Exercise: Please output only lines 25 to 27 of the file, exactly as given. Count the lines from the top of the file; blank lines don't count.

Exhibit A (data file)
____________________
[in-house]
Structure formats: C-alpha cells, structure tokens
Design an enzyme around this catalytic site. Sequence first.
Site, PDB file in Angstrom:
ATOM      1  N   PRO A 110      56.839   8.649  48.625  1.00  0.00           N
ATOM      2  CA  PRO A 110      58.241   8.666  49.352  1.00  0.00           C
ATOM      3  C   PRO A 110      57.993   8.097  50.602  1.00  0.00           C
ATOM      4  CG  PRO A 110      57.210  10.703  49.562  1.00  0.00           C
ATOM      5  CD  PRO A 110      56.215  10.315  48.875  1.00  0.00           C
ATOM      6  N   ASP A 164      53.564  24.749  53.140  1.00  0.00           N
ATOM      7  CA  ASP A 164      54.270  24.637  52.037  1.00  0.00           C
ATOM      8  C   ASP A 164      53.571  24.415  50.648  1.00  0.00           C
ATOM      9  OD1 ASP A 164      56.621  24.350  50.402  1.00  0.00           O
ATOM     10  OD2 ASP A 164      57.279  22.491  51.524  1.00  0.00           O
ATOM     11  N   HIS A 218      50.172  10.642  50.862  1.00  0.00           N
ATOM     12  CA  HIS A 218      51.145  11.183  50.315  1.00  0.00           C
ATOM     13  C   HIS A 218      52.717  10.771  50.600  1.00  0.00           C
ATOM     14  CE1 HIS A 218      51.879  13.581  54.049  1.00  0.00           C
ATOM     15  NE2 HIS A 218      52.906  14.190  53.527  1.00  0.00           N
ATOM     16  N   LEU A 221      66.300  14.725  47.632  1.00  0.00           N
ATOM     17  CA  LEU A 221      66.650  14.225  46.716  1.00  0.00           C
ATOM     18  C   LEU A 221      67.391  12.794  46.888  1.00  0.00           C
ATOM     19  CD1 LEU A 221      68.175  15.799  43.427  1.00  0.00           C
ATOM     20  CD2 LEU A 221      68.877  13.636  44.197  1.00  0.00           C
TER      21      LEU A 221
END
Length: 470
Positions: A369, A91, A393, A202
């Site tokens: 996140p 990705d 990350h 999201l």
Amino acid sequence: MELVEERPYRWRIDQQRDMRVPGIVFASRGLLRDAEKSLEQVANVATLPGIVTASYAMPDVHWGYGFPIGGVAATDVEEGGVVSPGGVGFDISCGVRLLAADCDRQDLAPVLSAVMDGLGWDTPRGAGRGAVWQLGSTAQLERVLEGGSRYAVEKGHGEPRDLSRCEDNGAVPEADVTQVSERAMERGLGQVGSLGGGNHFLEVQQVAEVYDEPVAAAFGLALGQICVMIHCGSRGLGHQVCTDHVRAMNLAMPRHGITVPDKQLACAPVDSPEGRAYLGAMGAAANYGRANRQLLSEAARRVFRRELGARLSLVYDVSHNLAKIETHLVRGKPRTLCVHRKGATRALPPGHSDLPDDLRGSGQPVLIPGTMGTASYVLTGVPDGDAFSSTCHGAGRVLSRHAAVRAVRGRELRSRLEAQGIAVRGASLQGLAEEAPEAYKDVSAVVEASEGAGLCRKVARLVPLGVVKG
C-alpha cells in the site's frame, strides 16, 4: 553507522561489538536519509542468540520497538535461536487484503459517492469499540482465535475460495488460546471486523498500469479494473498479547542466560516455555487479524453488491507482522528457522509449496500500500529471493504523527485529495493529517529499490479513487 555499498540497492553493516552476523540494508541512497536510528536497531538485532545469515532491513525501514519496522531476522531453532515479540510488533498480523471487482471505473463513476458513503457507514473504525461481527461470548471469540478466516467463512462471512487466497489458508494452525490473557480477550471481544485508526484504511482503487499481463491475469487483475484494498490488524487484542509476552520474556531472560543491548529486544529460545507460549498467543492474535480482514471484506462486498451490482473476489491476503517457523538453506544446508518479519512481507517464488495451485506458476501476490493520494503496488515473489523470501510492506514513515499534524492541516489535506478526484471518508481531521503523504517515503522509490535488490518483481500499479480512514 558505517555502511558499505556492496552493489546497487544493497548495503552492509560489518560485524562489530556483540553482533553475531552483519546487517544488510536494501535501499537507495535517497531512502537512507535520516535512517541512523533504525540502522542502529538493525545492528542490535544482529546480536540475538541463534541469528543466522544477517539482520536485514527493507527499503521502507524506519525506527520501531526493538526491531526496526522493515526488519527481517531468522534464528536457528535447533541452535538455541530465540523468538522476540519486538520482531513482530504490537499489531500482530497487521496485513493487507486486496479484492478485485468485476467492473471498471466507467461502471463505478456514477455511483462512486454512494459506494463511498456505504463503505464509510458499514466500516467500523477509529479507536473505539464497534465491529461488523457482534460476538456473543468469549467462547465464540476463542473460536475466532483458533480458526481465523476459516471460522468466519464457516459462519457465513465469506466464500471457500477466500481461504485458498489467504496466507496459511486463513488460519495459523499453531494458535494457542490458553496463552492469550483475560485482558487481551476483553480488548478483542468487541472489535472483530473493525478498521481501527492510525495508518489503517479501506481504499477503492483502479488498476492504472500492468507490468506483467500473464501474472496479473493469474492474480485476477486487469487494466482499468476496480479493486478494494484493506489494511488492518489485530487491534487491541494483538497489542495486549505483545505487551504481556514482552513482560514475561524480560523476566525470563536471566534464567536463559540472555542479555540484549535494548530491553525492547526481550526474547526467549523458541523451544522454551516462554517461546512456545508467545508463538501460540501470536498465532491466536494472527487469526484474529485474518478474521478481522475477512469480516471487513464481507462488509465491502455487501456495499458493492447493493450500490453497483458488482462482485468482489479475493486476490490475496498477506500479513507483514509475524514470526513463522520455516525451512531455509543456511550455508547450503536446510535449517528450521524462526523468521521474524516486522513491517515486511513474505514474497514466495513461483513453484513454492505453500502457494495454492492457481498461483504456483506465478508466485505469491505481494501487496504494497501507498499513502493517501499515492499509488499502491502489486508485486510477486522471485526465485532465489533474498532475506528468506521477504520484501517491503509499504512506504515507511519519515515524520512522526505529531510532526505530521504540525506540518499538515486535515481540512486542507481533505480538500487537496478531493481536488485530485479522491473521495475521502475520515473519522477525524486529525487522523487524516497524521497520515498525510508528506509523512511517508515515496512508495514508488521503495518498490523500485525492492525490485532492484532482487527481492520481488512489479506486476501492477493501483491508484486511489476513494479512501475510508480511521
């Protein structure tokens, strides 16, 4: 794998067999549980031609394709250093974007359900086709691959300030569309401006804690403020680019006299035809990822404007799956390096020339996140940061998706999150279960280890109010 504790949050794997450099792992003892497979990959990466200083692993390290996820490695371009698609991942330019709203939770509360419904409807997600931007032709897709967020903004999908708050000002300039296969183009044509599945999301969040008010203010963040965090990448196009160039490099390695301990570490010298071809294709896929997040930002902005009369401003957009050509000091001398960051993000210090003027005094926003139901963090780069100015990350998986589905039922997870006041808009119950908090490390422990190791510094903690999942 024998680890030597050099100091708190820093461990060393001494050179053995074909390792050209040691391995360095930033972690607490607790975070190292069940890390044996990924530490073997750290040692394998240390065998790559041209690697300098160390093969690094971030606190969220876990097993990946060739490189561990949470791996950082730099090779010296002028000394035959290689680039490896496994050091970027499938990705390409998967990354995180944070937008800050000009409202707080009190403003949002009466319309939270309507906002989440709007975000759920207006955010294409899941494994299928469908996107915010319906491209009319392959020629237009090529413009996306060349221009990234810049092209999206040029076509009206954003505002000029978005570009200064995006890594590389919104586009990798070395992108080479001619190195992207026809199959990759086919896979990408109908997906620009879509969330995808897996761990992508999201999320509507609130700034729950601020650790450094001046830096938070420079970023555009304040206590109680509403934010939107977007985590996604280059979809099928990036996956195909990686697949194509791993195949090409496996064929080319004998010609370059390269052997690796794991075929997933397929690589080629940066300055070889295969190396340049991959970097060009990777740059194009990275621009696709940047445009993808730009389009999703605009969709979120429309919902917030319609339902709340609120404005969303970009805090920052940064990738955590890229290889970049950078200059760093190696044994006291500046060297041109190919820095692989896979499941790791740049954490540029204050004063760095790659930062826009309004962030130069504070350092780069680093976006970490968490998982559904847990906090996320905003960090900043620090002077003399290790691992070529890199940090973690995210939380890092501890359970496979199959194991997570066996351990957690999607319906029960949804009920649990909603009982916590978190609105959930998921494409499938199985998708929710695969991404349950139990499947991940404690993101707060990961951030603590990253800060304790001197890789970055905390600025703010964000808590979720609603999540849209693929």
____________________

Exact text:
TER      21      LEU A 221
END
Length: 470